by , Ranger
Greg Dodge is a professional naturalist as well as a writer, videographer and producer of natural history DVDs. His images have been used in various TV productions, museum displays, and corporate videos. Above all, he has a fascination and passion for all things natural.
Stop by and say hello Tuesday thru Saturday in Explore the Wild, Catch the Wind, or on the Dino Trail.

Turtles, Turtles, Turtles

May 2nd, 2014

Over the past three weeks I’ve come across 13 juvenile Yellow-bellied Turtles. I’ve either spotted them myself at known nest sites or Museum guests and staff have spied them, and in some cases, brought them to me after finding the little herps wandering around the campus.

A curious crowd gathers around a young slider headed for the Wetlands.

A curious crowd gathers around a young slider headed for the Wetlands.

Who knows how many of the turtles have gone unseen while making their way to the Wetlands here at the Museum. How many of the turtles wander off in the wrong direction, away from water and end up on a neighborhood street. How many of them get preyed upon by snakes, fox, and birds. Even if they make it to the Wetlands, they’re suseptable to predation by water snakes, herons, and snapping turtles.

Some of the turtles don't make the trek to the water.

Some of the turtles don’t make the trek to the water.

ybtu_juv_rel250829_s2

Less than two feet from the water, will this turtle make it?

On the bright side, I personnally know of at least twelve of the tiny turtle that have made it to the Wetlands. They were either released by me or someone else here at the Museum. I’ve already seen some of them out basking. While there’s no way of knowing whether the ones that I’ve seen are in fact turtles that I, we, have released, I’d like to think they are. Or, if not, it’s good to see that some of them have indeed made it to the water on their own.

One of the happy sliders who successfully made the journey to the Wetlands.

One of the happy sliders who successfully made the journey to the Wetlands.

A final photo before being released into the Wetlands.

A quick photo before being released into the Wetlands.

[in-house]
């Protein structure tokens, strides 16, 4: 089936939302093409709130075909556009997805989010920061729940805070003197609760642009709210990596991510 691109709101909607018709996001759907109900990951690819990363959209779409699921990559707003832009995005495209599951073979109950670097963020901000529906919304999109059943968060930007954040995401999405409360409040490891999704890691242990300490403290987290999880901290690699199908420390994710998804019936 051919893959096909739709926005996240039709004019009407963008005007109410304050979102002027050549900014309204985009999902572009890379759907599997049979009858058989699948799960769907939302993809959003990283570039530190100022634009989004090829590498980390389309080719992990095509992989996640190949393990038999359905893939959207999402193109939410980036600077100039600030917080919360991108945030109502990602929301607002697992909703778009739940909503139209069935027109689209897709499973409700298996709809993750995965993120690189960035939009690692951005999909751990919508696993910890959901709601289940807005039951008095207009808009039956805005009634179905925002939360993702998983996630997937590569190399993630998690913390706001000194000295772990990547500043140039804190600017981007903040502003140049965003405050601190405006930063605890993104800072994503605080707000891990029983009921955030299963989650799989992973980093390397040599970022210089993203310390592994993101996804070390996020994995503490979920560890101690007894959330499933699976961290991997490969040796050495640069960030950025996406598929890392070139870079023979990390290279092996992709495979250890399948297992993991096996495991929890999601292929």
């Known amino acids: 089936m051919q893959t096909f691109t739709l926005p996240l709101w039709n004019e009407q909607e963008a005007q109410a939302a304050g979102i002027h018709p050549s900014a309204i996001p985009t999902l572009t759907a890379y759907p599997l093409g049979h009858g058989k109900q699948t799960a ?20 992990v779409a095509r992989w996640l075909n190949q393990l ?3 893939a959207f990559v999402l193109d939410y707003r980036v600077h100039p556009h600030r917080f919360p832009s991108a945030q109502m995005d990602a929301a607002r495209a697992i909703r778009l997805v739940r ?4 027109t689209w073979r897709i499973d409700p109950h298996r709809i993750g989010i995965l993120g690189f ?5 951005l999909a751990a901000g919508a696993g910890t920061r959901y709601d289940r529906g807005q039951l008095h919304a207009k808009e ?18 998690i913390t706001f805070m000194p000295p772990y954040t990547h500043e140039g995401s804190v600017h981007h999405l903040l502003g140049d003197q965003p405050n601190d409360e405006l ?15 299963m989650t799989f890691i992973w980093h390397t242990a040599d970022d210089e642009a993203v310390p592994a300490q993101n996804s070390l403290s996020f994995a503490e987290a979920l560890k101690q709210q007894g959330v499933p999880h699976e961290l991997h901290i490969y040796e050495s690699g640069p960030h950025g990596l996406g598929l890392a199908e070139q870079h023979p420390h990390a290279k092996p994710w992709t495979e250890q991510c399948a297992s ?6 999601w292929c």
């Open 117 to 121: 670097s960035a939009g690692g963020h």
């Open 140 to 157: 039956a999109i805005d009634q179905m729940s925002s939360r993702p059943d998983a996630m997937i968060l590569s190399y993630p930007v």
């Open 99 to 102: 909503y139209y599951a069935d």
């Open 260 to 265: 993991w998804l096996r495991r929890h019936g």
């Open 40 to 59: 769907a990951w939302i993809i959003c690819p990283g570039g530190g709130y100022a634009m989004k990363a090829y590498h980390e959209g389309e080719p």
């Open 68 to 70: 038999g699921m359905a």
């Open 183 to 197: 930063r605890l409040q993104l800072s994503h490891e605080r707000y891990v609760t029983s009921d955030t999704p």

MusEUm VuloNteer Jake releasing a slider.

Museum Volunteer Jake releasing a slider. 

That reminds me, it’s May, any day now the adult turtles of our Wetlands will be up and out of the water digging nests, laying eggs, making more tiny turtles for us to watch for later this fall and next spring!

Join the conversation:

  1. at what age (or size) do you start “counting” and “marking” the turtles?
    It would be really interesting to mark these young ones and see how many we still find years’ down the road.

    Posted by sherry
  2. Ranger Comment :

    It would indeed be interesting to mark the younger turtles, the thought has crossed my mind. But, their shells are still soft when first out of the nest and since I use a file to mark the marginal scutes I don’t want to risk damaging them in any way. As it is now I only mark the ones that I encounter walking along the trails here at the Museum. They’re usually females who are up to lay eggs. So far, they’ve all been between about 9 – 11+ inches (the sliders, musk and painted turtles obviously much smaller). If I encounter smaller individuals (sliders) I’ll mark them, but it seems as though I’ll only encounter sexually mature females, who, if the trend continues, will be in the 9 – 11 inch range (I measure from front of carapace to rear of carapace, curved measurement).

    Posted by Greg Dodge
  3. Ranger Comment :

    Over the past weekend I saw several more nestlings, or should I call them fledglings, heading towards the water, so keep your eyes open, they’re still popping up. A good number of the turtles have been seen in the vicinity of Into the Mist.

    Posted by Greg Dodge

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